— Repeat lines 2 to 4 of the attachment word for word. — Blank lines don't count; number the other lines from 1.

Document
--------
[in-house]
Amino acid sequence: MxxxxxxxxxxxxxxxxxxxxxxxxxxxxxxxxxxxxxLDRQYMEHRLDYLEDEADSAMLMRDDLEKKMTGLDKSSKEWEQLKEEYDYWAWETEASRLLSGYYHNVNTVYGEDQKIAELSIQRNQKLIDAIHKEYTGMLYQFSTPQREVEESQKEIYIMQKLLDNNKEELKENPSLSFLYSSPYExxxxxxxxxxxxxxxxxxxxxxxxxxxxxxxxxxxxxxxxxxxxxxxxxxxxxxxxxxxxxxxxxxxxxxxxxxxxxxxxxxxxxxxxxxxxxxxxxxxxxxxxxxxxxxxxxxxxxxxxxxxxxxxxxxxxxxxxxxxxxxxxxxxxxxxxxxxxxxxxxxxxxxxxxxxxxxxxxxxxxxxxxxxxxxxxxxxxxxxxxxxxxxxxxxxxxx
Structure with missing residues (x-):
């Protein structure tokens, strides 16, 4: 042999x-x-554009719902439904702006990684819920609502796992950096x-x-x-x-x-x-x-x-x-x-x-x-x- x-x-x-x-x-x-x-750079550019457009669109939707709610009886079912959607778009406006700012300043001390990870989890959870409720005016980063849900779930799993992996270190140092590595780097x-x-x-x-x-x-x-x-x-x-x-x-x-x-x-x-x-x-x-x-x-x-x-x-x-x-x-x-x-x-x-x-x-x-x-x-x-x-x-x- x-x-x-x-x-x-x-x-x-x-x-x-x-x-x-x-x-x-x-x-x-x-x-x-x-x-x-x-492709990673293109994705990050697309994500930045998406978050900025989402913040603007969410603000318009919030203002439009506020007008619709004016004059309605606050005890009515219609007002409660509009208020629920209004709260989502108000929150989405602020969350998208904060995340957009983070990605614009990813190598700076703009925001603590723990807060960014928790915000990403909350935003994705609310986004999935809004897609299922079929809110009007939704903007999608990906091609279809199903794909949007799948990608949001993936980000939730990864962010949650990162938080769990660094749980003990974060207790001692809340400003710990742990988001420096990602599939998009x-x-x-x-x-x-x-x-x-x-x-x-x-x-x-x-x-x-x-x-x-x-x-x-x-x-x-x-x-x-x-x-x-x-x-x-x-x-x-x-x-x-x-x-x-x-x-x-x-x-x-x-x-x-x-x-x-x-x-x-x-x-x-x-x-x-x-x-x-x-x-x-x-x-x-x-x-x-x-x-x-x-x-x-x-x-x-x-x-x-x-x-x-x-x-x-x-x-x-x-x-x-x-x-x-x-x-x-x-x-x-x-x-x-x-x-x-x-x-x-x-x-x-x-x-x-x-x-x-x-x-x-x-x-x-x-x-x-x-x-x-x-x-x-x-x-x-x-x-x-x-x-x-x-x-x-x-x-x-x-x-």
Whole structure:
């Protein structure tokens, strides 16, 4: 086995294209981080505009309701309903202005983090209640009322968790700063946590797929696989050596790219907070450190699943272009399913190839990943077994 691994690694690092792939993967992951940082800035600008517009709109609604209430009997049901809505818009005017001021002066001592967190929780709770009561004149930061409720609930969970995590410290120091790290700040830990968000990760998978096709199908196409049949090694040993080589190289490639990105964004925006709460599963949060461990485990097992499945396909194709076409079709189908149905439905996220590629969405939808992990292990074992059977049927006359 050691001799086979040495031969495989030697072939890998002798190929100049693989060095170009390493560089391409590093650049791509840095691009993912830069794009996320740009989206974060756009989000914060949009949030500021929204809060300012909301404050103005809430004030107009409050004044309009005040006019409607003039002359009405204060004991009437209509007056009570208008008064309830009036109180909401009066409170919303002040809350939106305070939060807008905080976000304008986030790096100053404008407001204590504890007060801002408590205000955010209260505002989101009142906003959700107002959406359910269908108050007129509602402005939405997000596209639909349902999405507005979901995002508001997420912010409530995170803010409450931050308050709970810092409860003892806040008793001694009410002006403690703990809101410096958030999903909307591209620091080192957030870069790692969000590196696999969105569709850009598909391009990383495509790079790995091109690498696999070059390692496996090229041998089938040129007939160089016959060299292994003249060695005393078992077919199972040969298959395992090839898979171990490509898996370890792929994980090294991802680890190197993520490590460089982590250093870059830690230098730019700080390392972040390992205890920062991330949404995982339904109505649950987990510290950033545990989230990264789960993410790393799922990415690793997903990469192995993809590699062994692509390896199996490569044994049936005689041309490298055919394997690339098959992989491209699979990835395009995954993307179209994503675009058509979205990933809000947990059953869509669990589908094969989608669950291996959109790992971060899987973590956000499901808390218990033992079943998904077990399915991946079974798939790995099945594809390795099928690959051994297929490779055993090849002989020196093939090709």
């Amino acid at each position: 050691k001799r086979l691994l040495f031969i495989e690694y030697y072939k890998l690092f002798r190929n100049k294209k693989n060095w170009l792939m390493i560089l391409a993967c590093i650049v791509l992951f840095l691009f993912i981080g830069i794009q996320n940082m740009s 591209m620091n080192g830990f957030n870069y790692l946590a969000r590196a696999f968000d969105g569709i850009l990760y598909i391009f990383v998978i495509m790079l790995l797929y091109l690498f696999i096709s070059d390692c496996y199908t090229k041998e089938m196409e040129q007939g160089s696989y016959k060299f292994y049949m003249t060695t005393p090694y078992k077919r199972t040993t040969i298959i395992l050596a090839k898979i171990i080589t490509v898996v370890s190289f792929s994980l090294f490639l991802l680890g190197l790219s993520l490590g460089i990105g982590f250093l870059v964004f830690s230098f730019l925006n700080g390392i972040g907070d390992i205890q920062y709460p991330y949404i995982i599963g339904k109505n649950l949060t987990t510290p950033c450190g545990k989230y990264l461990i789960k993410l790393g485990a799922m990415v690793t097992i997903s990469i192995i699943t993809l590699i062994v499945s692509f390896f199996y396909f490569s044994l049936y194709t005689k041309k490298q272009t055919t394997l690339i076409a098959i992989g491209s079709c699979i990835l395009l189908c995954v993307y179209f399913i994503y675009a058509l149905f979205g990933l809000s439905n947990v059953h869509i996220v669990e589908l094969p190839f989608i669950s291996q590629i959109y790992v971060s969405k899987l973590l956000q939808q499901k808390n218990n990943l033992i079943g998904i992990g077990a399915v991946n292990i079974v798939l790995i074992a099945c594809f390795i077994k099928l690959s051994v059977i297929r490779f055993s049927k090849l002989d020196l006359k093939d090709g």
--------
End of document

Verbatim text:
Amino acid sequence: MxxxxxxxxxxxxxxxxxxxxxxxxxxxxxxxxxxxxxLDRQYMEHRLDYLEDEADSAMLMRDDLEKKMTGLDKSSKEWEQLKEEYDYWAWETEASRLLSGYYHNVNTVYGEDQKIAELSIQRNQKLIDAIHKEYTGMLYQFSTPQREVEESQKEIYIMQKLLDNNKEELKENPSLSFLYSSPYExxxxxxxxxxxxxxxxxxxxxxxxxxxxxxxxxxxxxxxxxxxxxxxxxxxxxxxxxxxxxxxxxxxxxxxxxxxxxxxxxxxxxxxxxxxxxxxxxxxxxxxxxxxxxxxxxxxxxxxxxxxxxxxxxxxxxxxxxxxxxxxxxxxxxxxxxxxxxxxxxxxxxxxxxxxxxxxxxxxxxxxxxxxxxxxxxxxxxxxxxxxxxxxxxxxxxx
Structure with missing residues (x-):
């Protein structure tokens, strides 16, 4: 042999x-x-554009719902439904702006990684819920609502796992950096x-x-x-x-x-x-x-x-x-x-x-x-x- x-x-x-x-x-x-x-750079550019457009669109939707709610009886079912959607778009406006700012300043001390990870989890959870409720005016980063849900779930799993992996270190140092590595780097x-x-x-x-x-x-x-x-x-x-x-x-x-x-x-x-x-x-x-x-x-x-x-x-x-x-x-x-x-x-x-x-x-x-x-x-x-x-x-x- x-x-x-x-x-x-x-x-x-x-x-x-x-x-x-x-x-x-x-x-x-x-x-x-x-x-x-x-492709990673293109994705990050697309994500930045998406978050900025989402913040603007969410603000318009919030203002439009506020007008619709004016004059309605606050005890009515219609007002409660509009208020629920209004709260989502108000929150989405602020969350998208904060995340957009983070990605614009990813190598700076703009925001603590723990807060960014928790915000990403909350935003994705609310986004999935809004897609299922079929809110009007939704903007999608990906091609279809199903794909949007799948990608949001993936980000939730990864962010949650990162938080769990660094749980003990974060207790001692809340400003710990742990988001420096990602599939998009x-x-x-x-x-x-x-x-x-x-x-x-x-x-x-x-x-x-x-x-x-x-x-x-x-x-x-x-x-x-x-x-x-x-x-x-x-x-x-x-x-x-x-x-x-x-x-x-x-x-x-x-x-x-x-x-x-x-x-x-x-x-x-x-x-x-x-x-x-x-x-x-x-x-x-x-x-x-x-x-x-x-x-x-x-x-x-x-x-x-x-x-x-x-x-x-x-x-x-x-x-x-x-x-x-x-x-x-x-x-x-x-x-x-x-x-x-x-x-x-x-x-x-x-x-x-x-x-x-x-x-x-x-x-x-x-x-x-x-x-x-x-x-x-x-x-x-x-x-x-x-x-x-x-x-x-x-x-x-x-x-």